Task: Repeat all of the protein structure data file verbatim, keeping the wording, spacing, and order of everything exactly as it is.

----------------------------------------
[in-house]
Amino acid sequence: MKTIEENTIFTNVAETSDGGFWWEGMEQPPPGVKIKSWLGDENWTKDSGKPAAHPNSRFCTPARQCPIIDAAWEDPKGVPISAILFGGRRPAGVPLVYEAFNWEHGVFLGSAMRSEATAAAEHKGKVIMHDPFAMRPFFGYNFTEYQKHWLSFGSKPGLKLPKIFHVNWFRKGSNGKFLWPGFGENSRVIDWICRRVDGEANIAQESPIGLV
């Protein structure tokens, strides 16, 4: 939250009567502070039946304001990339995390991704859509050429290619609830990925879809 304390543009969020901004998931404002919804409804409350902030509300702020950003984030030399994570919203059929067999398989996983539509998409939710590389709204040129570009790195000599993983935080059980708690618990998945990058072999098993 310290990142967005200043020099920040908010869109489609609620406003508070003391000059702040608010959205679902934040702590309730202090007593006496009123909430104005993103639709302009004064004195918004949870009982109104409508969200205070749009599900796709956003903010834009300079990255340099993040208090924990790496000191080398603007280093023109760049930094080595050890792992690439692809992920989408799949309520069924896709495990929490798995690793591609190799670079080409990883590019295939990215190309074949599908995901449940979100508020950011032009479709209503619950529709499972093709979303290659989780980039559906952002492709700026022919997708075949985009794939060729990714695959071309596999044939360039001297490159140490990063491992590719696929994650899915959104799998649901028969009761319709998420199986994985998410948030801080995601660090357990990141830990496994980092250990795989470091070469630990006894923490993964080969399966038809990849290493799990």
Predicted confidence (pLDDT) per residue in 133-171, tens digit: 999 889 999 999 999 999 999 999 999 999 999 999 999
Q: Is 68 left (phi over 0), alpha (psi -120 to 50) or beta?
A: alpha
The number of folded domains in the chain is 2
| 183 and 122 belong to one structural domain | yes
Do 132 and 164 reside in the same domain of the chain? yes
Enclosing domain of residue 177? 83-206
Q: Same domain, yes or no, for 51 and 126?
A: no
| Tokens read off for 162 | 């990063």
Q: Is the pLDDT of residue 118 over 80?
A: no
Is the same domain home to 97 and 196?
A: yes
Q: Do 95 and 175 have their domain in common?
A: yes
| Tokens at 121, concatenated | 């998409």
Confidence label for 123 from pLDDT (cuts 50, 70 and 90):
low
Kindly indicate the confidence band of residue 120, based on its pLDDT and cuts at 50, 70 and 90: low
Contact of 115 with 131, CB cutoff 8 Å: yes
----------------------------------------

[in-house]
Amino acid sequence: MKTIEENTIFTNVAETSDGGFWWEGMEQPPPGVKIKSWLGDENWTKDSGKPAAHPNSRFCTPARQCPIIDAAWEDPKGVPISAILFGGRRPAGVPLVYEAFNWEHGVFLGSAMRSEATAAAEHKGKVIMHDPFAMRPFFGYNFTEYQKHWLSFGSKPGLKLPKIFHVNWFRKGSNGKFLWPGFGENSRVIDWICRRVDGEANIAQESPIGLV
């Protein structure tokens, strides 16, 4: 939250009567502070039946304001990339995390991704859509050429290619609830990925879809 304390543009969020901004998931404002919804409804409350902030509300702020950003984030030399994570919203059929067999398989996983539509998409939710590389709204040129570009790195000599993983935080059980708690618990998945990058072999098993 310290990142967005200043020099920040908010869109489609609620406003508070003391000059702040608010959205679902934040702590309730202090007593006496009123909430104005993103639709302009004064004195918004949870009982109104409508969200205070749009599900796709956003903010834009300079990255340099993040208090924990790496000191080398603007280093023109760049930094080595050890792992690439692809992920989408799949309520069924896709495990929490798995690793591609190799670079080409990883590019295939990215190309074949599908995901449940979100508020950011032009479709209503619950529709499972093709979303290659989780980039559906952002492709700026022919997708075949985009794939060729990714695959071309596999044939360039001297490159140490990063491992590719696929994650899915959104799998649901028969009761319709998420199986994985998410948030801080995601660090357990990141830990496994980092250990795989470091070469630990006894923490993964080969399966038809990849290493799990």
Predicted confidence (pLDDT) per residue in 133-171, tens digit: 999 889 999 999 999 999 999 999 999 999 999 999 999
Q: Is 68 left (phi over 0), alpha (psi -120 to 50) or beta?
A: alpha
The number of folded domains in the chain is 2
| 183 and 122 belong to one structural domain | yes
Do 132 and 164 reside in the same domain of the chain? yes
Enclosing domain of residue 177? 83-206
Q: Same domain, yes or no, for 51 and 126?
A: no
| Tokens read off for 162 | 């990063």
Q: Is the pLDDT of residue 118 over 80?
A: no
Is the same domain home to 97 and 196?
A: yes
Q: Do 95 and 175 have their domain in common?
A: yes
| Tokens at 121, concatenated | 């998409």
Confidence label for 123 from pLDDT (cuts 50, 70 and 90):
low
Kindly indicate the confidence band of residue 120, based on its pLDDT and cuts at 50, 70 and 90: low
Contact of 115 with 131, CB cutoff 8 Å: yes